Unison warns of public-sector strikes unless pay deals match cost of living
The head of Britain’s largest trade union has warned of possible strikes this year if the government does not heed its call for inflation-related pay increases for NHS and local government staff.
Christina McAnea, general secretary of Unison — which represents 1.3 million public sector workers — said Prime Minister Boris Johnson had “no idea” of the massive financial problems ordinary people face right now.
She urged Johnson to take £10bn from tax hikes this year to fund wage increases in line with inflation, which is expected to rise to 10 percent within months.
The intervention by McAnea, whose union is a donor to the opposition Labor party, comes amid mounting industrial unrest this summer, with three days of RMT strikes set to wreak havoc on the rail network by the end of this month.
The government is trying to limit impending wage settlements to just 2 percent — or 3 percent in some cases — while inflation is skyrocketing amid the global energy price shock.
Wage agreements for public sector workers are already lagging behind private sector ones, where employers offer large bonuses to retain scarce staff.
Official data shows that average aggregate wage growth in the private sector was 8.2 percent from January to March, compared to 1.6 percent in the public sector — one of the biggest gaps on record.
McAnea told the Financial Times that the rising cost of fuel bills and rising gas costs has left many public sector workers struggling. Without inflation-proof wage increases, many public service employees would quit to find better-paying jobs elsewhere, she warned.
“The Westminster government has completely forgotten who helped the country through the pandemic and its impact on public sector workers,” she said.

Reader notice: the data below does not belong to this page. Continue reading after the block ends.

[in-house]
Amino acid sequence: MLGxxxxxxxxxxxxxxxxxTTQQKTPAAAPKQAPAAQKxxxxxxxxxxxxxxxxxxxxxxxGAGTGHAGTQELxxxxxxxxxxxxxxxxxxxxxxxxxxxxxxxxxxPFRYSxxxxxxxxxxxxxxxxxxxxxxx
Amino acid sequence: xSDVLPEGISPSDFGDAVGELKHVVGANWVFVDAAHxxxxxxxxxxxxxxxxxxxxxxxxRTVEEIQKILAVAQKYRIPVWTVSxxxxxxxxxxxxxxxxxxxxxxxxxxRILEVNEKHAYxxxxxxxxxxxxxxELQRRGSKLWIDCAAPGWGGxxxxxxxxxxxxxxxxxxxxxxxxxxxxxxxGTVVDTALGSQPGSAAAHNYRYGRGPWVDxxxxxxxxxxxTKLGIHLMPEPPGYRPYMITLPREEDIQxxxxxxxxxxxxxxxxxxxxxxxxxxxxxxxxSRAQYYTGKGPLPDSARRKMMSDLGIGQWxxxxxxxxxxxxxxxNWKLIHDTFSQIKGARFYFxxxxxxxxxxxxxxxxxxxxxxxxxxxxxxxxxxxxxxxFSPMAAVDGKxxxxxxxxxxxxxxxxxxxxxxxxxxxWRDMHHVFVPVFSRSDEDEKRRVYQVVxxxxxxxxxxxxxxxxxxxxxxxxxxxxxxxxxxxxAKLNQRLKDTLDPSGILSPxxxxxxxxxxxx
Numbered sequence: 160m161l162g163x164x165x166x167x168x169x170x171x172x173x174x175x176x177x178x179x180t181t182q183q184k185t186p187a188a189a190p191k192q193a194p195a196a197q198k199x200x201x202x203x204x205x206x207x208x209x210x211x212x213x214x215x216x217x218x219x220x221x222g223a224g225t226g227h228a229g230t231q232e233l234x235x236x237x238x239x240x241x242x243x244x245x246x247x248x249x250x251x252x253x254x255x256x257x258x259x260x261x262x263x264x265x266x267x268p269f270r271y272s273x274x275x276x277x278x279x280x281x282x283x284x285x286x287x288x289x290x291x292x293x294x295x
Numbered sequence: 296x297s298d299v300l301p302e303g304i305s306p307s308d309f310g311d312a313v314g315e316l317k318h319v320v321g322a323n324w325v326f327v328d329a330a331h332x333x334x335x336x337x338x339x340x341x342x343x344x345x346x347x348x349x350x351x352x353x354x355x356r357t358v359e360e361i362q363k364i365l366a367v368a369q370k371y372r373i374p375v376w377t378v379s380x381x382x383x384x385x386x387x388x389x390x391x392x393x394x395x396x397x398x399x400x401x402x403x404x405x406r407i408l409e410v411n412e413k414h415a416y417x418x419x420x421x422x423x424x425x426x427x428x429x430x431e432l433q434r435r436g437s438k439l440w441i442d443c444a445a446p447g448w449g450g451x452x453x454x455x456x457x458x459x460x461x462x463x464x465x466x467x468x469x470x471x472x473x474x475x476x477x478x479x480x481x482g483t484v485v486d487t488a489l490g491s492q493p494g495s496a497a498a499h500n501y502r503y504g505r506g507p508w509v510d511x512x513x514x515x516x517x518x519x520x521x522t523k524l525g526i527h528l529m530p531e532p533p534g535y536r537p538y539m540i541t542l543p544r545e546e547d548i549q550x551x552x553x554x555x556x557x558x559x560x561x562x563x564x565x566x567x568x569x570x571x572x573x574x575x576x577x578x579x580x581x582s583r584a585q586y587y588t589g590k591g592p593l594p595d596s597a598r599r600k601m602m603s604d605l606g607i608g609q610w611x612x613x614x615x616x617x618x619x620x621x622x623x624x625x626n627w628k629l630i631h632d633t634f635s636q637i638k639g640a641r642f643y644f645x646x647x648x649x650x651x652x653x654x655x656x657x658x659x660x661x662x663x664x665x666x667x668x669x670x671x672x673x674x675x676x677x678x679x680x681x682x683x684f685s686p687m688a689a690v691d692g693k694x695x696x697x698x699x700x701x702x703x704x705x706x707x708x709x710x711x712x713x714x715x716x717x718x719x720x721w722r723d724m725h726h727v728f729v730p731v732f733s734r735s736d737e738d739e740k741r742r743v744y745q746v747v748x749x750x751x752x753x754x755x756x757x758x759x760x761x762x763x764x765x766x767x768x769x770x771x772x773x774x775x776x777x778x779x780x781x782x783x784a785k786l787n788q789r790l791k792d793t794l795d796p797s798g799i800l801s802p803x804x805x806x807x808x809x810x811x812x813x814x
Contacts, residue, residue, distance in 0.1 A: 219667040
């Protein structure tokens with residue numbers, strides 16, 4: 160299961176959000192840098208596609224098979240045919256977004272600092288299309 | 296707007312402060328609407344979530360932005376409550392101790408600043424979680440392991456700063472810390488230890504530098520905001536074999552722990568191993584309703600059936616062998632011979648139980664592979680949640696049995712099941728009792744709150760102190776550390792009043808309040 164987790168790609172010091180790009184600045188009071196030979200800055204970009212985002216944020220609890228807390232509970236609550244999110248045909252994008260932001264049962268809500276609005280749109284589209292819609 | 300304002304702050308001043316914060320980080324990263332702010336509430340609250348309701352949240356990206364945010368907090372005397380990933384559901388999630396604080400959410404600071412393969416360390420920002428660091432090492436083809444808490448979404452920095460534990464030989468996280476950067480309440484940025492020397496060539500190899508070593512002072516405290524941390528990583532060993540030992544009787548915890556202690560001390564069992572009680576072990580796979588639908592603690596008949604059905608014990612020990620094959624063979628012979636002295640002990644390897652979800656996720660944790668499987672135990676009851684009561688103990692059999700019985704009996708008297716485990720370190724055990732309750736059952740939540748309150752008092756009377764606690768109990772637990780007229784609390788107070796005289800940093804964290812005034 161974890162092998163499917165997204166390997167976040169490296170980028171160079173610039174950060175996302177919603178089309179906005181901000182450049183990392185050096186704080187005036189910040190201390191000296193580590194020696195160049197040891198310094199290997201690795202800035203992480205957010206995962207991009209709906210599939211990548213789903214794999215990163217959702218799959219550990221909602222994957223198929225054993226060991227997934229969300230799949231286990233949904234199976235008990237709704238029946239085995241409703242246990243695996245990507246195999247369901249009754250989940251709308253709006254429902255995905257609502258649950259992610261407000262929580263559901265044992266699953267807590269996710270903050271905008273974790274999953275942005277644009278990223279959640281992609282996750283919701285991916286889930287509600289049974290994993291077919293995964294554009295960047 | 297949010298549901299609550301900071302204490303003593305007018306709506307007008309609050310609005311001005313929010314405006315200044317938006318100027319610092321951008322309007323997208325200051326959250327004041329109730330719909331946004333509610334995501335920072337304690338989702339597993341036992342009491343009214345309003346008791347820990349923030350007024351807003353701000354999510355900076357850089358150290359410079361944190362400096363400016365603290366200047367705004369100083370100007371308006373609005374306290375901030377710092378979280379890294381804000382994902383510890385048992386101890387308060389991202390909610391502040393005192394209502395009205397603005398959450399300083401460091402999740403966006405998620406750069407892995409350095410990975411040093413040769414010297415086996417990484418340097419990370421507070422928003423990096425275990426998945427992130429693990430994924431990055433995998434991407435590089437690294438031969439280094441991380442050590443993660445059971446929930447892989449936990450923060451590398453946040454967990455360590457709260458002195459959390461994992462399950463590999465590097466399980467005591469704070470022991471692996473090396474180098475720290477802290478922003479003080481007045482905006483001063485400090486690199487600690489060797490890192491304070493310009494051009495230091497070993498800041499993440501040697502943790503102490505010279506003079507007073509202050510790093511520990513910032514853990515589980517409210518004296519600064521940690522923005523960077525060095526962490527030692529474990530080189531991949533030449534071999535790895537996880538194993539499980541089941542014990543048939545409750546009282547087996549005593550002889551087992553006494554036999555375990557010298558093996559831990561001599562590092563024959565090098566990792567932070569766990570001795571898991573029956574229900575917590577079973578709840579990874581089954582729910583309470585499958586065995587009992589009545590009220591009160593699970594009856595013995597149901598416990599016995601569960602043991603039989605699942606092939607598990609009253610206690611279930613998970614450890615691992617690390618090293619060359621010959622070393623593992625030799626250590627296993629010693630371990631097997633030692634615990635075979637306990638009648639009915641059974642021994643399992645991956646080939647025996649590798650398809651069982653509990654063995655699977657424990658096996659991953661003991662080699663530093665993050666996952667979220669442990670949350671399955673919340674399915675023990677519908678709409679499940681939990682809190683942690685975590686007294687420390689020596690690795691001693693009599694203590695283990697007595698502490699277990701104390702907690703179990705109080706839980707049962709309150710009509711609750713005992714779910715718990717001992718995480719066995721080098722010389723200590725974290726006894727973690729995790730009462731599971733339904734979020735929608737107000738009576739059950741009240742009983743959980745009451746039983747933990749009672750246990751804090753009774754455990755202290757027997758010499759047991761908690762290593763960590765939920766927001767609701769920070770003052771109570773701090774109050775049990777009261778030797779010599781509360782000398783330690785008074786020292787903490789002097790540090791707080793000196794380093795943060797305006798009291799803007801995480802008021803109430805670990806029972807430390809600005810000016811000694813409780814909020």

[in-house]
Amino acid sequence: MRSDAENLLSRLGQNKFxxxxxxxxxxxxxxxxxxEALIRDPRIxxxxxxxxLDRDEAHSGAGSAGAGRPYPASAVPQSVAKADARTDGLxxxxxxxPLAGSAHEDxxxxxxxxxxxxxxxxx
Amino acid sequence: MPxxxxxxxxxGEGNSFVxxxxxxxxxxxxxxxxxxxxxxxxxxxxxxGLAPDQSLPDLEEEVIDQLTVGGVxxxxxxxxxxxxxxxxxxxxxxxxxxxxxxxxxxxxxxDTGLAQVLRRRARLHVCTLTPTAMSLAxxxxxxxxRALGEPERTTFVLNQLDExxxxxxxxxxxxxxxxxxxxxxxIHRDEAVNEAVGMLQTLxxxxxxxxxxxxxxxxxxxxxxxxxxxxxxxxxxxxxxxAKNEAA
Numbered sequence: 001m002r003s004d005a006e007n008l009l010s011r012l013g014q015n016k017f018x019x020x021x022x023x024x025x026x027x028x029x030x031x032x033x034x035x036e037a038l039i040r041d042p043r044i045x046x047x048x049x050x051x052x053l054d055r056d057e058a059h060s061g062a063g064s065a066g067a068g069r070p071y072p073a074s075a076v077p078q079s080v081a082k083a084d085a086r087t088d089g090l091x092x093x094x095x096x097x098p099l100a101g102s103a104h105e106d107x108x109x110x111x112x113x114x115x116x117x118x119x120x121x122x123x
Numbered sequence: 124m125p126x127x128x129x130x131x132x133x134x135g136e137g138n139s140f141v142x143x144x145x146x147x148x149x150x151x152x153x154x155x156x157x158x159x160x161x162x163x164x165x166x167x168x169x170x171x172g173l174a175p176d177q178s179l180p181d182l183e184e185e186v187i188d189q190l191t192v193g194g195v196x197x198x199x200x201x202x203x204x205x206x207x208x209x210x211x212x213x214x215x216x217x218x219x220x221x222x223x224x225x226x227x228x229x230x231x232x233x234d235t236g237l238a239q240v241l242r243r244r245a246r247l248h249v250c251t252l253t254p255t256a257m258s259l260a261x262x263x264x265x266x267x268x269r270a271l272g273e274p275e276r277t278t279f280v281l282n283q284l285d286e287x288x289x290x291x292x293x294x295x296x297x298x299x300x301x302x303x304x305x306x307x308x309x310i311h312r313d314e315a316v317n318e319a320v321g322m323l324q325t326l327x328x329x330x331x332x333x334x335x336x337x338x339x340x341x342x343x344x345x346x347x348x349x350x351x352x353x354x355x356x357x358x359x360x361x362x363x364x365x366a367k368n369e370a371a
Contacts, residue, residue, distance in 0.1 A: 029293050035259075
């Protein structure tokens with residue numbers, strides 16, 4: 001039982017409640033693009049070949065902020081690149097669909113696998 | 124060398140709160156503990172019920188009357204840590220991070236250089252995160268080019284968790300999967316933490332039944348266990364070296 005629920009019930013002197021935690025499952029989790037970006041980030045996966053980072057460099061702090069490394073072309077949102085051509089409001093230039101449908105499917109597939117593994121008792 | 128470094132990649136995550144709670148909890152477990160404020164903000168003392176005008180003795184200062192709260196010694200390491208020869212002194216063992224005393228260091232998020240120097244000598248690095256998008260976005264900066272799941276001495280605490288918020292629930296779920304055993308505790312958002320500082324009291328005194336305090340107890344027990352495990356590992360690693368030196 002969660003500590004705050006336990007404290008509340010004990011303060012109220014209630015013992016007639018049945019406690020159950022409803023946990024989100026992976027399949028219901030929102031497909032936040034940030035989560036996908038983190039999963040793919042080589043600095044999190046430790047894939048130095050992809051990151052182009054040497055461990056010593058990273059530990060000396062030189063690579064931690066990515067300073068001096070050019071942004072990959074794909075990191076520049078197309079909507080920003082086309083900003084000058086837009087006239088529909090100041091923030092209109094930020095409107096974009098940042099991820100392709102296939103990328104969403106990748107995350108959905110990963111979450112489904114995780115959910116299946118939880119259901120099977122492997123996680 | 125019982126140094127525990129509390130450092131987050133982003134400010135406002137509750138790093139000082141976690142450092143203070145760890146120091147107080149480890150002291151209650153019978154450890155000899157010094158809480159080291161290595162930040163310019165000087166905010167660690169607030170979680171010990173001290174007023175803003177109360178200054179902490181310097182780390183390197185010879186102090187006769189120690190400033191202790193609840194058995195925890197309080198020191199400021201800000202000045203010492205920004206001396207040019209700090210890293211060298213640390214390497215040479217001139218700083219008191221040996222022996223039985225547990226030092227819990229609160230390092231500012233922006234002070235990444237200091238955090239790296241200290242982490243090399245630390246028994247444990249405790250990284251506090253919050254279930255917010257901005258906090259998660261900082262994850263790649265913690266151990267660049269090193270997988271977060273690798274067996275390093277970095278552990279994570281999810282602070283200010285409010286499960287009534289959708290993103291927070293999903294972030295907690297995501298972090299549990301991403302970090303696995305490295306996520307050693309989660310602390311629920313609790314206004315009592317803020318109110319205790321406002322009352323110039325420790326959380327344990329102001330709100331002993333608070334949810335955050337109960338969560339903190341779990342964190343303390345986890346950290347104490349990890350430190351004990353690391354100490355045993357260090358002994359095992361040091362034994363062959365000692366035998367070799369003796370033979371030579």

“Healthcare workers who had to hold the hands of dying patients because the families couldn’t get to them. † † in front of [the government] to say that you have to show wage moderation is completely inappropriate.”
Her plea came when Johnson insisted that the government stand firm in the face of higher wage demands, and warned that a “wage-price spiral” would lead to higher interest rates — driving up rents and mortgages and the cost of borrowing for business and the public. government would rise.
“When a country faces an inflationary problem, you can’t just pay more and spend more,” he said in a speech in Lancashire. “You have to find ways to address the root causes of inflation. If wages continue to chase price increases, we risk a wage price spiral.”
About 25,000 Unison members who work in schools are voting for strike action in Scotland this week. Meanwhile, Unison with the GMB and Unite unions have filed a joint filing with local government for a pay increase for 1.4 million council and school staff of £2,000 or to keep up with retail price index inflation – which is generally higher than the consumer price inflation target of the Bank of England.
Other unions representing public sector workers are also threatening labor union action over wages: the public and commercial services union prepares to vote on civil service membership, while the National Education Union moves towards a possible vote in the autumn.
McAnea said Boris Johnson’s government has been ignoring union leaders for years and had enacted the strictest union laws in Europe: “They just don’t talk to us,” she said.
She added that Unison took part in hundreds of disputes each year that did not lead to strikes, but did lead to higher wages for members.
“We don’t want our low-paid workers to go on strike, but if there’s no alternative, what else can people do?” she asked.
McAnea said Unison members were already paying a disproportionate amount of their income on fuel, housing and transportation costs. “They lead what my mother would call a word-of-mouth existence where at the end of the week or month there is no money left to save for anything.”